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More Black women are opening businesses in downtown Syracuse

Clothing sits on tables and on racks in a small area with three women perusing the aisles.
Katie Zilcosky
The Black Citizen's Brigade opened in Bank Alley in late 2022.

A new surveyfrom the Downtown Committee of Syracuse shows that an increasing number of Black women are opening businesses in downtown Syracuse. More than half of the new businesses last year were women owned, and a quarter of those were Black women.

Heather Schroeder is the Downtown Committee’s deputy director and director of economic development. She said supports like the Salt City Market and other Black entrepreneurs have helped the growth.

"The CNY Community Foundation had the Black Equity and Excellence grant fund. One of our downtown entrepreneurs, Caeresa Richardson, who ran Ecodessa retail shop, applied for that funding and was successful with it," Schroeder said. "And [she] used her grant to create a program of mentorship and seed grants for other Black-owned businesses."

One of the business owners who received support from this grant is Cjala Surratt. She opened the Black Citizen’s Brigade in Bank Alley in late 2022. She curates and sells vintage clothing, specializing in items that share the histories and stories of the Black community.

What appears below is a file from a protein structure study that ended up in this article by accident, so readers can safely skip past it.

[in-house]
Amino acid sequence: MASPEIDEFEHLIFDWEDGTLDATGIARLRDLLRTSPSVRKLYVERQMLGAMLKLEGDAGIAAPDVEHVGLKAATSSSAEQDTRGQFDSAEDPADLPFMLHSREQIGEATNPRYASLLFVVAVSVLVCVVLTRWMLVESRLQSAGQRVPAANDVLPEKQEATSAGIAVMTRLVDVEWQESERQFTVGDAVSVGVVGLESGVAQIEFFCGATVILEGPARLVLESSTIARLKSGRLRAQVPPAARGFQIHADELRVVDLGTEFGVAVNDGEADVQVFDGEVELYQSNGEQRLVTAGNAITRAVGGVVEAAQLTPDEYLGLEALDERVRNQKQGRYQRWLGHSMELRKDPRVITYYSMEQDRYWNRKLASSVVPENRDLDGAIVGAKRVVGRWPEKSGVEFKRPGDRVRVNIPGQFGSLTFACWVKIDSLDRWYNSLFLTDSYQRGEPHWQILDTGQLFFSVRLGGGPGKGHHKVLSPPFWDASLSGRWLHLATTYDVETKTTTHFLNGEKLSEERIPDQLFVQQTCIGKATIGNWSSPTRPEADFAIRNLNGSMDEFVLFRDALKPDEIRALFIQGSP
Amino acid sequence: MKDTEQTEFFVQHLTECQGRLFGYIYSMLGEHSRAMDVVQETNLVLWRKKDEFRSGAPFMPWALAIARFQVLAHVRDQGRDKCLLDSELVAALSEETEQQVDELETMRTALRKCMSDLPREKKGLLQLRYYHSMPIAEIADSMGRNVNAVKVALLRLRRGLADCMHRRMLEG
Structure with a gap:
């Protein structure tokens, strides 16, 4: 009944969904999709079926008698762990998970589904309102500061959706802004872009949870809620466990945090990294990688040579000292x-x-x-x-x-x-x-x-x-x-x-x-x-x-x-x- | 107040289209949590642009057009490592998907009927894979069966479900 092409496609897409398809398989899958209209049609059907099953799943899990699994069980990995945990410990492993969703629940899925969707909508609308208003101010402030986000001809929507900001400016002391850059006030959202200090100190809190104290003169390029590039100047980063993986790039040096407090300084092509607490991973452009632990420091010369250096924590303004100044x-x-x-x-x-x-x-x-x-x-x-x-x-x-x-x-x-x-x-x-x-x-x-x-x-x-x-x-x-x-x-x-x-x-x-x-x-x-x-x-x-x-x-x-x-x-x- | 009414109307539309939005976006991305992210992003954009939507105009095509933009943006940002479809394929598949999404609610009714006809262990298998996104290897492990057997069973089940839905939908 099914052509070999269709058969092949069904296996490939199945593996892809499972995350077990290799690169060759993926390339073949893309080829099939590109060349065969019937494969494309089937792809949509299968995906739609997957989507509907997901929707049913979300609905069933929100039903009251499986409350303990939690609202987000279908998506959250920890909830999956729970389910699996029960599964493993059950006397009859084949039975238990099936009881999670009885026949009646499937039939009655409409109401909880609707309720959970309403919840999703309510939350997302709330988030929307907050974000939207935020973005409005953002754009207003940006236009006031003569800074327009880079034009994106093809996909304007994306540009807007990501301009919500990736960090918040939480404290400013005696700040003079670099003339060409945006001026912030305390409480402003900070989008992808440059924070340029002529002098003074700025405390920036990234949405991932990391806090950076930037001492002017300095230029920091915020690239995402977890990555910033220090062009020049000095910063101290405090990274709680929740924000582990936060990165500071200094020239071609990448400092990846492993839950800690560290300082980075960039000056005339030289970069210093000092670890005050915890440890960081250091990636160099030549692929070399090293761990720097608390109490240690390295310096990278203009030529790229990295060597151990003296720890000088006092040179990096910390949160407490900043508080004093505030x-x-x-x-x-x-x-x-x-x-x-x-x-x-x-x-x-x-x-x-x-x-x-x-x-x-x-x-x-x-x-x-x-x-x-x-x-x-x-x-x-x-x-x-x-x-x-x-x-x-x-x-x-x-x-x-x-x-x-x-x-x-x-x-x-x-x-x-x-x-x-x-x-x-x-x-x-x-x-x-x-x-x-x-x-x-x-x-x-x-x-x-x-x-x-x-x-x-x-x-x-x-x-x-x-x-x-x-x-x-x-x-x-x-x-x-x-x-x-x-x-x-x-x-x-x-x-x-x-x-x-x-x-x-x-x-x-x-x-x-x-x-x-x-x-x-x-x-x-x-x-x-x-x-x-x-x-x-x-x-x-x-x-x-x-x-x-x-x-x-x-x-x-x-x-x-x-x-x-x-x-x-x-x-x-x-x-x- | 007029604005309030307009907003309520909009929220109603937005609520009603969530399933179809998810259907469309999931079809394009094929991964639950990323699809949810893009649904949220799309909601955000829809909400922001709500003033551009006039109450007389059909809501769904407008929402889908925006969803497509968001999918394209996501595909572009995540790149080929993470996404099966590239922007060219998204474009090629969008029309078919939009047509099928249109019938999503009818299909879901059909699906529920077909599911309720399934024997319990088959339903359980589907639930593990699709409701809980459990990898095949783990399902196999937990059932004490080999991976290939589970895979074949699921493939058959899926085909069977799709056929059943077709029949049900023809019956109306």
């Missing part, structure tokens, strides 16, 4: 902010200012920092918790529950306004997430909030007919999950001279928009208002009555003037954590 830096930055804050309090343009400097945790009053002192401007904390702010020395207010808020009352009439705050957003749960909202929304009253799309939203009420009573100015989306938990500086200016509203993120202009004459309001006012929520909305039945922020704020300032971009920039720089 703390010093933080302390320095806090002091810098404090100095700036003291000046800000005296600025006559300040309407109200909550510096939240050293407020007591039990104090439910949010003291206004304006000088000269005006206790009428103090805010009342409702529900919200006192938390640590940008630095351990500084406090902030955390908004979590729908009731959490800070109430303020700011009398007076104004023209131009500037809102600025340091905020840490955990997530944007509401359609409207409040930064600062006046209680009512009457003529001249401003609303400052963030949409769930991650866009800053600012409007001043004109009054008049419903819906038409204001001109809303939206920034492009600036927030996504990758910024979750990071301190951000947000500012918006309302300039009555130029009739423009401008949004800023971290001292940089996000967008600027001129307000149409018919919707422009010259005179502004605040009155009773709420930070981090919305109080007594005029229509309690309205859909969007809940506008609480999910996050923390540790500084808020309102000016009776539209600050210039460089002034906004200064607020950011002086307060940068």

"There's been there's a lot of resources, which I think is wonderful," Surratt said. "But I feel like I'm part of a larger conversation. I feel like I'm living into manifesting something that came before me standing on the shoulders of others. I know that sounds really cliché, but I feel really deeply about that."

Surratt said the help of Richardson was integral in bringing her store to life. She's also leaned on other Black women business owners for advice and guidance through her journey, like the owner of 210 Teas, Kahssia Hills.

But despite a growing community of support, Schroeder said women and people of color are still facing challenges in entrepreneurship downtown.

"It's worth noting that the average business owned by a white man in downtown Syracuse has been open for 18 years, whereas the average woman owned business has been open for five years," Schroeder said. "And on average, businesses owned by people of color have been open for two years. So, you know, it's looking at historic opportunities."

Schroeder said access to startup funding remains one of the biggest barriers.

Katie Zilcosky is WAER’s All Things Considered host and features reporter. She also co-hosts WAER’s public affairs show Syracuse Speaks. As a reporter, she focuses on technology, economy, and identity.